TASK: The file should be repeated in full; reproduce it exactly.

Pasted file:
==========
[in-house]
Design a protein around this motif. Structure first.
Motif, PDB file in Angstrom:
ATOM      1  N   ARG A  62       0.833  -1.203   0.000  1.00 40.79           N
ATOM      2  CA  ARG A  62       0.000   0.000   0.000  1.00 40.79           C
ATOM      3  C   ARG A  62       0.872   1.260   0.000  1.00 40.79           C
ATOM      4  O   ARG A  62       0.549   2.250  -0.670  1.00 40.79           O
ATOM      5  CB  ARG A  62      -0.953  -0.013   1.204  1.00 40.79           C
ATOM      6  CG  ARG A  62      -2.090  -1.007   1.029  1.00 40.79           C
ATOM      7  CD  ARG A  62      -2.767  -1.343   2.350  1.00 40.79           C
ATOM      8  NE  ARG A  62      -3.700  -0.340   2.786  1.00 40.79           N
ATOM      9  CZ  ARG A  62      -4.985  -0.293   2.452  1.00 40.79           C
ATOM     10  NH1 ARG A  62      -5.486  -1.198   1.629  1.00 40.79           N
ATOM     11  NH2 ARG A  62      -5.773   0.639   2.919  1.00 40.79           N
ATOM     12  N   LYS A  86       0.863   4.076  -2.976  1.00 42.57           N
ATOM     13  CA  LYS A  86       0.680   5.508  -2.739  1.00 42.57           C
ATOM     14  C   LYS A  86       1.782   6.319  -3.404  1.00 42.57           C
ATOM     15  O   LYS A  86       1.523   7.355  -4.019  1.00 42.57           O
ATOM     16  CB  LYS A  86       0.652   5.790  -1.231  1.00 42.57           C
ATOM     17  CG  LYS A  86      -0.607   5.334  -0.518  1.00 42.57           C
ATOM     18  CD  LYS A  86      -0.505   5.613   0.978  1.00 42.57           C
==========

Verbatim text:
[in-house]
Design a protein around this motif. Structure first.
Motif, PDB file in Angstrom:
ATOM      1  N   ARG A  62       0.833  -1.203   0.000  1.00 40.79           N
ATOM      2  CA  ARG A  62       0.000   0.000   0.000  1.00 40.79           C
ATOM      3  C   ARG A  62       0.872   1.260   0.000  1.00 40.79           C
ATOM      4  O   ARG A  62       0.549   2.250  -0.670  1.00 40.79           O
ATOM      5  CB  ARG A  62      -0.953  -0.013   1.204  1.00 40.79           C
ATOM      6  CG  ARG A  62      -2.090  -1.007   1.029  1.00 40.79           C
ATOM      7  CD  ARG A  62      -2.767  -1.343   2.350  1.00 40.79           C
ATOM      8  NE  ARG A  62      -3.700  -0.340   2.786  1.00 40.79           N
ATOM      9  CZ  ARG A  62      -4.985  -0.293   2.452  1.00 40.79           C
ATOM     10  NH1 ARG A  62      -5.486  -1.198   1.629  1.00 40.79           N
ATOM     11  NH2 ARG A  62      -5.773   0.639   2.919  1.00 40.79           N
ATOM     12  N   LYS A  86       0.863   4.076  -2.976  1.00 42.57           N
ATOM     13  CA  LYS A  86       0.680   5.508  -2.739  1.00 42.57           C
ATOM     14  C   LYS A  86       1.782   6.319  -3.404  1.00 42.57           C
ATOM     15  O   LYS A  86       1.523   7.355  -4.019  1.00 42.57           O
ATOM     16  CB  LYS A  86       0.652   5.790  -1.231  1.00 42.57           C
ATOM     17  CG  LYS A  86      -0.607   5.334  -0.518  1.00 42.57           C
ATOM     18  CD  LYS A  86      -0.505   5.613   0.978  1.00 42.57           C